Archive for the 'religion' Category

A doula dilemna

I have a dilemna. Or at least I think I have a dilemna. I might just be paranoid.

Here’s the deal:

Remember how I told you that I have my first doula client? The lady who is due in April? Well, I initially met this woman at church. Yes, I know. I don’t go to church. But I did for awhile, last summer. My Dad is a pastor, and while I was on my big search for the ultimate truth, I attended his church regularly. My kids also attended a lot of church sponsored activities. This all came to an end a few months back when I finally made the decision that I am really truly not a Christian.

Once, while talking to this woman, she said something to me about how “the Body Shop supports gays.” At first I thought it was really strange that she would say something like that to me, considering that I have no qualms about homosexuality. But then I realized that she really didn’t know anything about me at all. Just that my father is a pastor and I’ve attended her church.

Last night, I spoke with her on the phone to set up a prenatal appointment. We got off subject for awhile and started discussing my recent move. To understand the conversation, you’ll need to know some facts.

-The island I live on is huge. On the north end, you’ll find a navy base. The majority of the population is conservative, Republican, and religious. There are churches everywhere. However, on the south end of the island, it’s a completely different story. One of the towns there is named “Freeland.” It was named this for a very specific reason. Back in 1889, “three visionaries formed The Free Land Association for the purpose of establishing a utopian culture where their communal socialistic ideals could be promulgated.” In other words, a commune. “Literally, in the eyes of its socialist founders, the land of the town was to be free for all people.” (These are not my words, which is why I have put them in quotes, although I am hesitant to site my source, since this will give away my exact location and hey..there are too many internet stalkers out there for me to be comfortable with that.)

So anyway, the south end of the island has kept up its reputation of being populated with hippies. Which is the EXACT reason I’ve moved here. This is my place. This is exactly where I belong. This is me.

Anyway, I’m on the phone with my client, and she says “You need to be careful over there. I’ve heard so many terrible things about the people, and what goes on in the schools and such.” I asked her what she meant and she said some things about “the area being VERY liberal” and the churches being sparse, empty, and dead.

Also, on her initial paperwork I had given her, she indicated that she felt that prayer during labor would be a great support to her.

I don’t even know how to handle this. I’m not a Christian, I’m not even religious, I’m as liberal as it gets, and I am certainly NOT going to lead her in prayer during labor. I have heard that many women choose their doulas based on their religious affiliations, and feel more comfortable with someone who holds similiar ideals and beliefs. She has obviously got the wrong idea about me, and I am afraid that these assumptions about my faith (or lack thereof) will eventually be revealed as false and she will be disappointed and feel betrayed or misled.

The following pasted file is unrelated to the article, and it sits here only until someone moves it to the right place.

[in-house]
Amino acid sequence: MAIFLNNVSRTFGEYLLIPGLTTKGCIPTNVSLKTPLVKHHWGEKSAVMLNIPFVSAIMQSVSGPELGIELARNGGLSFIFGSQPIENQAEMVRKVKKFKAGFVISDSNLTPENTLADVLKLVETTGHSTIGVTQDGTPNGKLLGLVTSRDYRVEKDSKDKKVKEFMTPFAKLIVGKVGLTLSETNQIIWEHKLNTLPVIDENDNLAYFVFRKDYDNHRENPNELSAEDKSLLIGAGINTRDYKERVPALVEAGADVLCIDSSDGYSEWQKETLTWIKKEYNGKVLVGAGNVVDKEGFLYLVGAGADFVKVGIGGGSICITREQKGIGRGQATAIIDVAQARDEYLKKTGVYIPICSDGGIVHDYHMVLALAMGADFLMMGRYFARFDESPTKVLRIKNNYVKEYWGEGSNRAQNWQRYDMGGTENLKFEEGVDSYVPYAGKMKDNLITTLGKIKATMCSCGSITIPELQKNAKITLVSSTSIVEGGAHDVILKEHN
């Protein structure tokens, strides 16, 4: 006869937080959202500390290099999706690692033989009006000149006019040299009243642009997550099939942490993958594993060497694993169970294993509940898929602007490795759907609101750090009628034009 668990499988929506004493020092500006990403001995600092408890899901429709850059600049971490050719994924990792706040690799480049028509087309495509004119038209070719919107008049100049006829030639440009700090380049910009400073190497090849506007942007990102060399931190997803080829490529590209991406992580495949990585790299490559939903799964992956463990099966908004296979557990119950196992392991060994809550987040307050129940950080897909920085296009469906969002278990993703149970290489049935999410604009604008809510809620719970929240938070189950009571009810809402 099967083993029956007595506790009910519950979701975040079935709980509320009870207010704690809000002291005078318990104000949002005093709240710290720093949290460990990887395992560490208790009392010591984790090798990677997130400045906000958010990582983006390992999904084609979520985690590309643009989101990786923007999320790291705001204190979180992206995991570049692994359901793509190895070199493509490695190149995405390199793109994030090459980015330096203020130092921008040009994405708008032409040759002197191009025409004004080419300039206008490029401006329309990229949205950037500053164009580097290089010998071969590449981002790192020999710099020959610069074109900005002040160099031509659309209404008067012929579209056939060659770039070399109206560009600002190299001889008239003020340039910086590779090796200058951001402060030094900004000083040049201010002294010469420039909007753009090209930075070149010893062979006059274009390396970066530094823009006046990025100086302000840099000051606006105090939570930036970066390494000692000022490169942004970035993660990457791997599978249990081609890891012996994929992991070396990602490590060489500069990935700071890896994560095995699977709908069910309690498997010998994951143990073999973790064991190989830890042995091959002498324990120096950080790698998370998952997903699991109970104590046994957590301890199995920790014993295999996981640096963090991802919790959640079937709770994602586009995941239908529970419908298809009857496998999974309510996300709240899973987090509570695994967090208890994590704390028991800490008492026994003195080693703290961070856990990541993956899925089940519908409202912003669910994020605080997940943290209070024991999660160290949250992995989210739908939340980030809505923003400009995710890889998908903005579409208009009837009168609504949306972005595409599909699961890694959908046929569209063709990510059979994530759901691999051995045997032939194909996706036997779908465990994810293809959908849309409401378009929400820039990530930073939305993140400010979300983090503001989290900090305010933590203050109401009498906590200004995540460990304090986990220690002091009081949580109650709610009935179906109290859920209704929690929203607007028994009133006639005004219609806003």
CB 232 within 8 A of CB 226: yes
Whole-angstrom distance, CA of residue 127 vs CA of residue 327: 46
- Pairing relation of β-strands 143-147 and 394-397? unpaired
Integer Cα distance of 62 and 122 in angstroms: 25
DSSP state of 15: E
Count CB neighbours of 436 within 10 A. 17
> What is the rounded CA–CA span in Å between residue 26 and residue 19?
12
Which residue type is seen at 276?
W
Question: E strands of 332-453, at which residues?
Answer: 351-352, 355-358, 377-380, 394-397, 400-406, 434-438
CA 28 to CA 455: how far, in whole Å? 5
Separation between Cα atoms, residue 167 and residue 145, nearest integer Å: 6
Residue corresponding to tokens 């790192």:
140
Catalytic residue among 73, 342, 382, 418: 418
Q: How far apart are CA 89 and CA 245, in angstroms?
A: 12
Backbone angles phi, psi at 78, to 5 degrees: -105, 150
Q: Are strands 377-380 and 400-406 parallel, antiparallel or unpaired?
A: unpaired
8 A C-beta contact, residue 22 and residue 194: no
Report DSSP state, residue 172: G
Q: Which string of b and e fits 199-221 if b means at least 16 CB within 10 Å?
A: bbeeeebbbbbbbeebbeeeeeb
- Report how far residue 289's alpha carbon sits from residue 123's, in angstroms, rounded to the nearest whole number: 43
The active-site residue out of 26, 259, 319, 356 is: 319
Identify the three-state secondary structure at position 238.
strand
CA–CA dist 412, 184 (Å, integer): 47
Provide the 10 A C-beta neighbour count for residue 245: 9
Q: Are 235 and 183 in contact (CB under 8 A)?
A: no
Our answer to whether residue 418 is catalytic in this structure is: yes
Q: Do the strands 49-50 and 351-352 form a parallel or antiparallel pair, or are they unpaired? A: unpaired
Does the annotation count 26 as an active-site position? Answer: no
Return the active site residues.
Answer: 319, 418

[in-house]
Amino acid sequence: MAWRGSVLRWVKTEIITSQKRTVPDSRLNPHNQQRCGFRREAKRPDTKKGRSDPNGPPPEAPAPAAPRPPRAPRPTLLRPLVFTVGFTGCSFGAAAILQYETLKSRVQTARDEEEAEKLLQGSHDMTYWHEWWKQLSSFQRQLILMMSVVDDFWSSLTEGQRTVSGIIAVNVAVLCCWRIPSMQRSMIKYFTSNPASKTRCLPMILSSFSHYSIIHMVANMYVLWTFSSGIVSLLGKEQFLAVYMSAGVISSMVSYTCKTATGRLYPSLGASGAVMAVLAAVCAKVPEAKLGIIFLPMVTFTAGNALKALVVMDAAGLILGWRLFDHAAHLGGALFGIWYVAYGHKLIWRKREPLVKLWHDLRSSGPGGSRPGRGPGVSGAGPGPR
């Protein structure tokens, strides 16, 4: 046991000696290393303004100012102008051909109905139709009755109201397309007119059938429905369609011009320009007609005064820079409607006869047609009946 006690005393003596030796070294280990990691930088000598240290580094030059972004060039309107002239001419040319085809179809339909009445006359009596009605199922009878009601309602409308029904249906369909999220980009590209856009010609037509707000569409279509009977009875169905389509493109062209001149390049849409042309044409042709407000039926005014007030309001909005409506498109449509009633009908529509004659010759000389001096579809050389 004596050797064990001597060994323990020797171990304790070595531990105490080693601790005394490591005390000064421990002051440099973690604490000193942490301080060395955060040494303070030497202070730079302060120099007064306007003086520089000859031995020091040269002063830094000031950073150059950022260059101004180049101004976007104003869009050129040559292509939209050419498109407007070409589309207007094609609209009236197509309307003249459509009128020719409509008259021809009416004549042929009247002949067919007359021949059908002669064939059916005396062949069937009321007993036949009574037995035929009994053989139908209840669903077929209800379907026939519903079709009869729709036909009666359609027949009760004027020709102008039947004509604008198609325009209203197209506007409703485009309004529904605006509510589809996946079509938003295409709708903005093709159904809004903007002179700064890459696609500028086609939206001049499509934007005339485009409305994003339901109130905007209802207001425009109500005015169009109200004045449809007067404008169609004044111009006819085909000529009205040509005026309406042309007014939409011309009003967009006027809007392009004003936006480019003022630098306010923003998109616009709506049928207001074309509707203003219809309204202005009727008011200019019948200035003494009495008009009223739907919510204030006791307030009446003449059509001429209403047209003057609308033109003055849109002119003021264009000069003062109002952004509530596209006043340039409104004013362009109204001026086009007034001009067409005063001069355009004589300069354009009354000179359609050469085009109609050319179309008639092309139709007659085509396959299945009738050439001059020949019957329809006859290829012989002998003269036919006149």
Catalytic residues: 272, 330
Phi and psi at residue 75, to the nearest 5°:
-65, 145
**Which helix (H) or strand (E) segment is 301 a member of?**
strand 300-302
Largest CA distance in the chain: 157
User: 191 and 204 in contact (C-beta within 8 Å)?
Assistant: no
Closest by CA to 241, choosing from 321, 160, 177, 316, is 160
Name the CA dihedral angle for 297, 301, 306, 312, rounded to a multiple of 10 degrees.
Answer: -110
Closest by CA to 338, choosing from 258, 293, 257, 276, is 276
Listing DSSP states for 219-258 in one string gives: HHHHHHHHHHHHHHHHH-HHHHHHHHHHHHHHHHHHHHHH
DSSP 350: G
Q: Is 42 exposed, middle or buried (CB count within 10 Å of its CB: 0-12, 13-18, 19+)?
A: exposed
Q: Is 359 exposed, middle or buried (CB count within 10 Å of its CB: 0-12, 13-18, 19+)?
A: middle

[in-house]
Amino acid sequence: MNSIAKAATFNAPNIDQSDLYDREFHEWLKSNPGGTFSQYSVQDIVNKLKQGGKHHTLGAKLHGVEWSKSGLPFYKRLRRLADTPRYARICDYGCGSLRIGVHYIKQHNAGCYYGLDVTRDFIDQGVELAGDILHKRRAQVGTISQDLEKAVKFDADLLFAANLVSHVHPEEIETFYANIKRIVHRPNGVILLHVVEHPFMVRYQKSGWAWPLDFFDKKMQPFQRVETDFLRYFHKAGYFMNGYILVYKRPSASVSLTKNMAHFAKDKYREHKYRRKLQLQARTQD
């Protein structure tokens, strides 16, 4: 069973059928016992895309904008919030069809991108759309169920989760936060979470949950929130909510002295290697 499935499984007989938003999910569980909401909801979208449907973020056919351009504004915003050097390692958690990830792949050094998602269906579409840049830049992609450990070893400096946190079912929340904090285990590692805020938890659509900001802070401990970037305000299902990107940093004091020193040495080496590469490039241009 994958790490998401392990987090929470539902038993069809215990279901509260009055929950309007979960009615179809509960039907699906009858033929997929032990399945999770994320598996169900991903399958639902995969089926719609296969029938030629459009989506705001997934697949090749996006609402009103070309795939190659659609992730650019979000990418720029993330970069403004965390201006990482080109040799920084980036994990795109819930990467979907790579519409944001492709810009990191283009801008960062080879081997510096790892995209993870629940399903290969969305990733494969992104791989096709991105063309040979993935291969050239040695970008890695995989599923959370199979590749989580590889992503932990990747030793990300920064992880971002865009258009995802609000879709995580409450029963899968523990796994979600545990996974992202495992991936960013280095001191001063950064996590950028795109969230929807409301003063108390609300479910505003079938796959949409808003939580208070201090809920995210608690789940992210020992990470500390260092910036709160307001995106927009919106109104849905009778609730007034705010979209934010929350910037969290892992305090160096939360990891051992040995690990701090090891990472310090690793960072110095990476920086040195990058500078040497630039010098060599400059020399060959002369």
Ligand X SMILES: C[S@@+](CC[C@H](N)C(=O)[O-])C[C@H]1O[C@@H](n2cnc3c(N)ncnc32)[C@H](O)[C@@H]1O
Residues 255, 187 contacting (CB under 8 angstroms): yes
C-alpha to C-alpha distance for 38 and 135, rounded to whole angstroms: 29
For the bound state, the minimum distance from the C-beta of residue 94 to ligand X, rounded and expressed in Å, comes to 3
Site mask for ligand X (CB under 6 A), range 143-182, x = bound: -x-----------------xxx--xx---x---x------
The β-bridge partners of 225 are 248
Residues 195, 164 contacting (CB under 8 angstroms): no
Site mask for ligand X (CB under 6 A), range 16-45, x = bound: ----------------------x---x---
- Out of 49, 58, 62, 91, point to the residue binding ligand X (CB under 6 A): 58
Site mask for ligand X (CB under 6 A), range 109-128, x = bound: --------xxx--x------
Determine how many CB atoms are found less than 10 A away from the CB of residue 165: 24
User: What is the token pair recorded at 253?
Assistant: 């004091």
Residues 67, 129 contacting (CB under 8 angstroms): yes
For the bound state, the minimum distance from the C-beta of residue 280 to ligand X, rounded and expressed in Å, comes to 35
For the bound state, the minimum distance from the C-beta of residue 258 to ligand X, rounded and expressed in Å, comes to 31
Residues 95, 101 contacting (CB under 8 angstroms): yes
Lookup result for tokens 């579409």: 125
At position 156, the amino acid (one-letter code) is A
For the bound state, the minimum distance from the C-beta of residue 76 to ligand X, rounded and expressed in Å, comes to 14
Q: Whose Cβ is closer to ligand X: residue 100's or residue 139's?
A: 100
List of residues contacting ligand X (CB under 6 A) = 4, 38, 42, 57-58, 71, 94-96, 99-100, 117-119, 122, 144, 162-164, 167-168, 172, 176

In a way, I feel that my spirituality is my business and it really shouldn’t matter. And yet, the last thing I want to do is upset this woman.

So what do I do? Do I find a way to tell her that I do not subscribe to Christianity? Or do I continue to play along?


Bibleland Halloween

Do you want to hear the funniest thing ever? I had planned to tell this story on Halloween, but with Animal’s birthday and the trick or treating, it got lost by the wayside.

When I was young, I wasn’t allowed to celebrate Halloween (pagan holiday that it is.) Instead, our church would try to make up for it by throwing a big party, complete with apple bobbing. A few times, we were allowed to dress up like Biblical characters and everyone would guess who we were. I have pictures of me and my childhood friends dressed as shepherds with staffs and robes and painted on beards and whatever those head coverings are called. I am in the middle, with a bedsheet covering my head and wrapped around my body. A sign hangs from my neck. It reads “I am not drunk.” I was supposed to be Hannah.

A few years later, I was 7 or 8, and I begged my parents to take me trick or treating. We were too poor to buy a costume, and besides, what kind of store was selling Biblical dress up gear? My mother had an idea and my father relented. Finally, I would be allowed to tour the neighborhood for candy. I remember the first house, the first door, my small hand reaching towards the doorbell. I was dressed in a long nightgown. My mother had cut dozens of leaves from green construction paper and attached them all over my gown with her sewing pins. They were scratching me everywhere. I didn’t care. I couldn’t wait for the treat. An old couple opened their door. “TRICK OR TREAT!!!” I yelled wildly, with a wide toothless grin. The woman smiled and said “Oh look! It’s a little tree!” I looked back at her, confused. “No,” I said firmly. “I’m EVE.” She was taken aback for a moment. “Oh, I see…..” she mumbled, dropping the candy into my bag. I think my Dad handed her a tract. I had never been more embarassed in my life.

We’re all pumpkins

Last night was Halloween, the third most exciting day of the year for my children. (Christmas Day wins First Place, with their respective birthdays trailing along in a close Second.)

I’m not really sure why they seem to like Halloween so much, considering that most of the holiday is spent complaining about what a mean and unfair mother I am.

For one, I only allow them to eat 2 pieces of candy on Halloween, and 2 pieces each day thereafter. Yes, I am kind of a freak about nutrition, but for the most part, I have a more important reason behind my candy-nazi ways. Remember how your parents used to tell you that if you ate too many sweets, you’d throw up? I have that kid. The throw up kid. He’s also known as Gutter Gut and Garbage Disposal. And he will literally eat and eat until he pukes. Usually in his bed while he’s asleep. In fact, I just got done picking puke chunks out of my dryer’s lint trap from the after effects of Animal’s birthday cake.